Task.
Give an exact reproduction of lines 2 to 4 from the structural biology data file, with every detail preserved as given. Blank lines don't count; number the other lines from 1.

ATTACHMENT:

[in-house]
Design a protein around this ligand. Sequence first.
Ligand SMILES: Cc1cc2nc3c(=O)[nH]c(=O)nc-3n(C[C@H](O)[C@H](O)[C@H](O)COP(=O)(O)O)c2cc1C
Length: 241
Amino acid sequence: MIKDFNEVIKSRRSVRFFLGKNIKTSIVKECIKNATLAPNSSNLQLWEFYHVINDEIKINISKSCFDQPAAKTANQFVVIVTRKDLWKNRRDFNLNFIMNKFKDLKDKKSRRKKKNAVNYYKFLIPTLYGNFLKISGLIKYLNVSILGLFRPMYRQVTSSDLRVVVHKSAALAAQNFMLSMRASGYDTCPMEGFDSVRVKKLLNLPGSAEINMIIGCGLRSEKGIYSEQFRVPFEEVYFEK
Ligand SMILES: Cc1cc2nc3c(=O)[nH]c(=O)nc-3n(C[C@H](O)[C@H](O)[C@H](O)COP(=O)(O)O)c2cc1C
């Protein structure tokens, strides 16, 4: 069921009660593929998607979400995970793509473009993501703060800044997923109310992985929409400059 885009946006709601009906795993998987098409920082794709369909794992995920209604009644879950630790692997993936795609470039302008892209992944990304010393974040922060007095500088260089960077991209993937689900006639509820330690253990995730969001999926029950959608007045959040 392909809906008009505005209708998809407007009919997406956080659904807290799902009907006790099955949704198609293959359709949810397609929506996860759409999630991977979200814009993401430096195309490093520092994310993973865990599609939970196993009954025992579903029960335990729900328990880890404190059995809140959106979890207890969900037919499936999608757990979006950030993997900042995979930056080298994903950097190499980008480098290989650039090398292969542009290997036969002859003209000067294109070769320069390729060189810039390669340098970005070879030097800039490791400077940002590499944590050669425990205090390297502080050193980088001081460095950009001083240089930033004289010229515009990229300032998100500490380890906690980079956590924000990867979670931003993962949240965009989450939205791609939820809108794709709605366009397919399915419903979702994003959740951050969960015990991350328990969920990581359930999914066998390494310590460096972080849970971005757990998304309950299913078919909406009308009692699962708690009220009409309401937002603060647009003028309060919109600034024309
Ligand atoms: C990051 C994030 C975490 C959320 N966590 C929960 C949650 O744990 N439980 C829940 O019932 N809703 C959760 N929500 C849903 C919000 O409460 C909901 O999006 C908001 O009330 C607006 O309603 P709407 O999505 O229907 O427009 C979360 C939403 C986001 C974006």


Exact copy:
Design a protein around this ligand. Sequence first.
Ligand SMILES: Cc1cc2nc3c(=O)[nH]c(=O)nc-3n(C[C@H](O)[C@H](O)[C@H](O)COP(=O)(O)O)c2cc1C
Length: 241